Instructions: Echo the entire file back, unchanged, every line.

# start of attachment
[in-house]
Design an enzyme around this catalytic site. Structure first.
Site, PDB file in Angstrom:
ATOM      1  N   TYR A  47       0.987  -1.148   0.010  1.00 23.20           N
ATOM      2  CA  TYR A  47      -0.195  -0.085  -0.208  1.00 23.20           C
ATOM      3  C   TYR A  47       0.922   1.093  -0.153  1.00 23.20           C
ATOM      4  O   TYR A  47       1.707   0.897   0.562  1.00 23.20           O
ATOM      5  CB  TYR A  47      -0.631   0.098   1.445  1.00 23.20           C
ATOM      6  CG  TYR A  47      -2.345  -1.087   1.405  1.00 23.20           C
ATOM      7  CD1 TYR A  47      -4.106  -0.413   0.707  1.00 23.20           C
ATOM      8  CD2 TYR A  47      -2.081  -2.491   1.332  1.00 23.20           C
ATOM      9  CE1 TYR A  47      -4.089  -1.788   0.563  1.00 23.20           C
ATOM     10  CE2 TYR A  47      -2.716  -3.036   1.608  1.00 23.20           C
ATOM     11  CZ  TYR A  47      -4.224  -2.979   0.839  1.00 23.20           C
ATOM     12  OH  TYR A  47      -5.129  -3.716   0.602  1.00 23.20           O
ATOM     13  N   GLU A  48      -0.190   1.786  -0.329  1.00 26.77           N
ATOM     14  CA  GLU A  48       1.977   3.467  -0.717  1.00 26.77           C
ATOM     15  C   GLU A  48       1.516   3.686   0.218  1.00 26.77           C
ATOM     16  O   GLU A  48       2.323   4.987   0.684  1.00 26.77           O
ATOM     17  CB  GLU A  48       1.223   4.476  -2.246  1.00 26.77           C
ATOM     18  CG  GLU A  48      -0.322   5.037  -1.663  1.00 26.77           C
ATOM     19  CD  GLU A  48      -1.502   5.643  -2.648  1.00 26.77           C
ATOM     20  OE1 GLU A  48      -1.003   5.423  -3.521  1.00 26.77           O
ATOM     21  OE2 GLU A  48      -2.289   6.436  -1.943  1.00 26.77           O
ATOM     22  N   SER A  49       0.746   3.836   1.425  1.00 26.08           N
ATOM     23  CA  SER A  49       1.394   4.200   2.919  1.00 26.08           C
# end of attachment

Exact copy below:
[in-house]
Design an enzyme around this catalytic site. Structure first.
Site, PDB file in Angstrom:
ATOM      1  N   TYR A  47       0.987  -1.148   0.010  1.00 23.20           N
ATOM      2  CA  TYR A  47      -0.195  -0.085  -0.208  1.00 23.20           C
ATOM      3  C   TYR A  47       0.922   1.093  -0.153  1.00 23.20           C
ATOM      4  O   TYR A  47       1.707   0.897   0.562  1.00 23.20           O
ATOM      5  CB  TYR A  47      -0.631   0.098   1.445  1.00 23.20           C
ATOM      6  CG  TYR A  47      -2.345  -1.087   1.405  1.00 23.20           C
ATOM      7  CD1 TYR A  47      -4.106  -0.413   0.707  1.00 23.20           C
ATOM      8  CD2 TYR A  47      -2.081  -2.491   1.332  1.00 23.20           C
ATOM      9  CE1 TYR A  47      -4.089  -1.788   0.563  1.00 23.20           C
ATOM     10  CE2 TYR A  47      -2.716  -3.036   1.608  1.00 23.20           C
ATOM     11  CZ  TYR A  47      -4.224  -2.979   0.839  1.00 23.20           C
ATOM     12  OH  TYR A  47      -5.129  -3.716   0.602  1.00 23.20           O
ATOM     13  N   GLU A  48      -0.190   1.786  -0.329  1.00 26.77           N
ATOM     14  CA  GLU A  48       1.977   3.467  -0.717  1.00 26.77           C
ATOM     15  C   GLU A  48       1.516   3.686   0.218  1.00 26.77           C
ATOM     16  O   GLU A  48       2.323   4.987   0.684  1.00 26.77           O
ATOM     17  CB  GLU A  48       1.223   4.476  -2.246  1.00 26.77           C
ATOM     18  CG  GLU A  48      -0.322   5.037  -1.663  1.00 26.77           C
ATOM     19  CD  GLU A  48      -1.502   5.643  -2.648  1.00 26.77           C
ATOM     20  OE1 GLU A  48      -1.003   5.423  -3.521  1.00 26.77           O
ATOM     21  OE2 GLU A  48      -2.289   6.436  -1.943  1.00 26.77           O
ATOM     22  N   SER A  49       0.746   3.836   1.425  1.00 26.08           N
ATOM     23  CA  SER A  49       1.394   4.200   2.919  1.00 26.08           C